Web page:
• Y10TECHNICAL SUBJECTS COVERED BY FORMER USPC
    • Y10TTECHNICAL SUBJECTS COVERED BY FORMER US CLASSIFICATION
    • Y10T137/00Fluid handling
    • Y10T137/0318Processes
    • Y10T137/0324With control of flow by a condition or characteristic of a fluid
    • Y10T137/0357For producing uniform flow
    • YGENERAL TAGGING OF NEW TECHNOLOGICAL DEVELOPMENTS; GENERAL TAGGING OF CROSS-SECTIONAL TECHNOLOGIES SPANNING OVER SEVERAL SECTIONS OF THE IPC; TECHNICAL SUBJECTS COVERED BY FORMER USPC CROSS-REFERENCE ART COLLECTIONS [XRACs] AND DIGESTS
    • Y10TECHNICAL SUBJECTS COVERED BY FORMER USPC
    • Y10TTECHNICAL SUBJECTS COVERED BY FORMER US CLASSIFICATION
    • Y10T137/00Fluid handling
    • Y10T137/2931Diverse fluid containing pressure systems
    • Y10T137/3003Fluid separating traps or vents
    • YGENERAL TAGGING OF NEW TECHNOLOGICAL DEVELOPMENTS; GENERAL TAGGING OF CROSS-SECTIONAL TECHNOLOGIES SPANNING OVER SEVERAL SECTIONS OF THE IPC; TECHNICAL SUBJECTS COVERED BY FORMER USPC CROSS-REFERENCE ART COLLECTIONS [XRACs] AND DIGESTS
    • Y10TECHNICAL SUBJECTS COVERED BY FORMER USPC
    • Y10TTECHNICAL SUBJECTS COVERED BY FORMER US CLASSIFICATION
    • Y10T137/00Fluid handling
    • Y10T137/8593Systems
    • Y10T137/87265Dividing into parallel flow paths with recombining
    • Y10T137/87338Flow passage with bypass

Definitions

  • the present invention relates to a method and apparatus for substantially eliminating unequal phase splitting of wet steam at piping junctions and, in particular, to a system which separates the liquid and vapor phases upstream of the junction and then recombines them at the inlet of a piping junction.
  • Phase splitting is a phenomena of two phase vapor (or gas) and liquid flow that occurs at all piping junctions such as impact T's, branch T's, Y's, crosses, manifolds, etc.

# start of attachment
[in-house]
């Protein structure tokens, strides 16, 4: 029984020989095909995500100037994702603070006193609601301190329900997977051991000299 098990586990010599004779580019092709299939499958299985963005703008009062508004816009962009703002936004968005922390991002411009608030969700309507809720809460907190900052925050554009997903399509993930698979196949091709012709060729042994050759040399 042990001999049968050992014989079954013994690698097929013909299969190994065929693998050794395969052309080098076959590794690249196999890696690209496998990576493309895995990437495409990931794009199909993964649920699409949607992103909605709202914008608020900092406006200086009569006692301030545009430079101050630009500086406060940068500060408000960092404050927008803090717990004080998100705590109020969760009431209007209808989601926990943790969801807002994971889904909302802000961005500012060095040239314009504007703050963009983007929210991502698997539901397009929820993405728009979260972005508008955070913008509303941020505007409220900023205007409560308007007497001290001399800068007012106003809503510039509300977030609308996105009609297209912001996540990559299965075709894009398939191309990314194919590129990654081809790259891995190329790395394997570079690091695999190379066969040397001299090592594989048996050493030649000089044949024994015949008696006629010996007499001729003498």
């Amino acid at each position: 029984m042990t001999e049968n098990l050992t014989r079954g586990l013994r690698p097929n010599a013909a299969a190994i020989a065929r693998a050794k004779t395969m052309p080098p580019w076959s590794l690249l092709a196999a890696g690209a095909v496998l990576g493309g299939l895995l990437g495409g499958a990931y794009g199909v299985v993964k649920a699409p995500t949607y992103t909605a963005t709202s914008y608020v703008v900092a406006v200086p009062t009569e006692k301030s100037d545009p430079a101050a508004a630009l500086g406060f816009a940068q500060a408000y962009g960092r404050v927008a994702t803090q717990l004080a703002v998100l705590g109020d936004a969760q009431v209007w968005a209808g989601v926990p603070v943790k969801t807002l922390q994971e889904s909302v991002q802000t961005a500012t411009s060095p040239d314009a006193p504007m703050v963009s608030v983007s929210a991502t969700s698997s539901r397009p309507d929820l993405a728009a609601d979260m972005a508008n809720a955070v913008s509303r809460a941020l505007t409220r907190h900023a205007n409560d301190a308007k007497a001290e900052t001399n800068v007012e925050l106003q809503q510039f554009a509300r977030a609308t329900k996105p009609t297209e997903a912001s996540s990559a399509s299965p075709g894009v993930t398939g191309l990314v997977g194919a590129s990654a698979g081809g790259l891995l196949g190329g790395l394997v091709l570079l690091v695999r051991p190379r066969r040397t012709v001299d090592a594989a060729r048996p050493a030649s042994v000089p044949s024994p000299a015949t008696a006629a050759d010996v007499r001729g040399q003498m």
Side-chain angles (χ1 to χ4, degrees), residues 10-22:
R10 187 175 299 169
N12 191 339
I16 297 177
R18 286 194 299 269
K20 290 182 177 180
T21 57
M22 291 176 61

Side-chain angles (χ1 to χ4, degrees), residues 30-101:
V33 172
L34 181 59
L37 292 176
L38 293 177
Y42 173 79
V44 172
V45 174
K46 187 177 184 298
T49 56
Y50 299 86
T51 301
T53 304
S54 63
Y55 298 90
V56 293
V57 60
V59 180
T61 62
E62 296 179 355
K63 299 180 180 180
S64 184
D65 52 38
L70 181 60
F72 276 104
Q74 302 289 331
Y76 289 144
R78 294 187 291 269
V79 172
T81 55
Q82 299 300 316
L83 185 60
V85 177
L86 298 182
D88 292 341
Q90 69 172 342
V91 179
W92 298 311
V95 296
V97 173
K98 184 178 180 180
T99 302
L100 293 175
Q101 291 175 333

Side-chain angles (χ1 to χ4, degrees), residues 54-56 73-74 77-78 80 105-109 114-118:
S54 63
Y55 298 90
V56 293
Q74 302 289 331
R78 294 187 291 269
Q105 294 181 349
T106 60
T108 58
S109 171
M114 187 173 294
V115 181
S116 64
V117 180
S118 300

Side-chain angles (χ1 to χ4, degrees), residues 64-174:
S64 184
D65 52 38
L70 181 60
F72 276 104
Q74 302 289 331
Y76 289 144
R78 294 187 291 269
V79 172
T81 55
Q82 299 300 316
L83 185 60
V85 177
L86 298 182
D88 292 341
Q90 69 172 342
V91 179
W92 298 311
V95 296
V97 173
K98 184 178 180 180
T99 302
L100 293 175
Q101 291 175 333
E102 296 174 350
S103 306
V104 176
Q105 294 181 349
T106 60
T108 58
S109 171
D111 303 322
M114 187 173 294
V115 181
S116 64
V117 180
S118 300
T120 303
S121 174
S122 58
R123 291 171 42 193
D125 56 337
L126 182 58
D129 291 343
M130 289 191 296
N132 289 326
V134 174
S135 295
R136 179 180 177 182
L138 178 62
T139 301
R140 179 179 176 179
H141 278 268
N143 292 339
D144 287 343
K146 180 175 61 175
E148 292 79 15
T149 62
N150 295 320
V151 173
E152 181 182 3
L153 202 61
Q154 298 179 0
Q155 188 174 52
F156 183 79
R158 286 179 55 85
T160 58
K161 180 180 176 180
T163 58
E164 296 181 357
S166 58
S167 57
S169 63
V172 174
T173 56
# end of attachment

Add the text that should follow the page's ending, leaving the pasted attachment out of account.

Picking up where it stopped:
• the liquid and vapor phases do not diverge in equal mass proportions except in junctions with symmetrical flow, such as in impact T's where the vapor mass rates are equal in each junction outlet (a vapor extraction ratio of 0.5).
  • This is important, for example, in steamflood distribution systems, used for enhanced oil recovery, where it is desirable to deliver nearly equal steam quality throughout the entire distribution system.
  • Steam quality is a measure of the proportion of the total mass that is vapor.
  • the vapor extraction ratio is defined below.
  • An example of where the present invention would be particularly useful is secondary recovery of hydrocarbons from marginal fields or heavy oil reserves that require a degree of stimulation to achieve satisfactory flow of crude petroleum.
  • steam is sent through a patterned array of injection wells to heat the formation being treated and drive the hydrocarbons towards a production well.